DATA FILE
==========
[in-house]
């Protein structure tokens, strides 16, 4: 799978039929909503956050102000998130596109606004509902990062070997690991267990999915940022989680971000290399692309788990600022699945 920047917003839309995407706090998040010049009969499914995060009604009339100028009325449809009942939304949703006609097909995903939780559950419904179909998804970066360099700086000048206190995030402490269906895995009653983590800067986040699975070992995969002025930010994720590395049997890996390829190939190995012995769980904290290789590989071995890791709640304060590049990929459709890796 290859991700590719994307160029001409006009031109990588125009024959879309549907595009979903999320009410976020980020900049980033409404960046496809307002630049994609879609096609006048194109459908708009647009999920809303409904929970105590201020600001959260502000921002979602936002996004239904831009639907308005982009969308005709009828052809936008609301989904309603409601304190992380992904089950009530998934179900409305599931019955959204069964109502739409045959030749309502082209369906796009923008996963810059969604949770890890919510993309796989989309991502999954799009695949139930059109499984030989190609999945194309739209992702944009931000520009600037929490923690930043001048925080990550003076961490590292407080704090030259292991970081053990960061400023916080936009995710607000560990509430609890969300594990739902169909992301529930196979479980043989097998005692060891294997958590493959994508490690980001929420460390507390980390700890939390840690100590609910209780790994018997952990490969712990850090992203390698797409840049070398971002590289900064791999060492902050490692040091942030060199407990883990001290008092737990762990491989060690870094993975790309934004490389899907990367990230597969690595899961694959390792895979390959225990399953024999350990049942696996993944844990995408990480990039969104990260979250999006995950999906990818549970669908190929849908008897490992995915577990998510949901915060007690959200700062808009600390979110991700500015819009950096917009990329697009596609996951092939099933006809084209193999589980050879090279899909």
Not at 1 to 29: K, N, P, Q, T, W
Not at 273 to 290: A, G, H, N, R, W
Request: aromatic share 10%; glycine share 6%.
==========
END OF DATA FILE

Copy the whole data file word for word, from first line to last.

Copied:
[in-house]
């Protein structure tokens, strides 16, 4: 799978039929909503956050102000998130596109606004509902990062070997690991267990999915940022989680971000290399692309788990600022699945 920047917003839309995407706090998040010049009969499914995060009604009339100028009325449809009942939304949703006609097909995903939780559950419904179909998804970066360099700086000048206190995030402490269906895995009653983590800067986040699975070992995969002025930010994720590395049997890996390829190939190995012995769980904290290789590989071995890791709640304060590049990929459709890796 290859991700590719994307160029001409006009031109990588125009024959879309549907595009979903999320009410976020980020900049980033409404960046496809307002630049994609879609096609006048194109459908708009647009999920809303409904929970105590201020600001959260502000921002979602936002996004239904831009639907308005982009969308005709009828052809936008609301989904309603409601304190992380992904089950009530998934179900409305599931019955959204069964109502739409045959030749309502082209369906796009923008996963810059969604949770890890919510993309796989989309991502999954799009695949139930059109499984030989190609999945194309739209992702944009931000520009600037929490923690930043001048925080990550003076961490590292407080704090030259292991970081053990960061400023916080936009995710607000560990509430609890969300594990739902169909992301529930196979479980043989097998005692060891294997958590493959994508490690980001929420460390507390980390700890939390840690100590609910209780790994018997952990490969712990850090992203390698797409840049070398971002590289900064791999060492902050490692040091942030060199407990883990001290008092737990762990491989060690870094993975790309934004490389899907990367990230597969690595899961694959390792895979390959225990399953024999350990049942696996993944844990995408990480990039969104990260979250999006995950999906990818549970669908190929849908008897490992995915577990998510949901915060007690959200700062808009600390979110991700500015819009950096917009990329697009596609996951092939099933006809084209193999589980050879090279899909």
Not at 1 to 29: K, N, P, Q, T, W
Not at 273 to 290: A, G, H, N, R, W
Request: aromatic share 10%; glycine share 6%.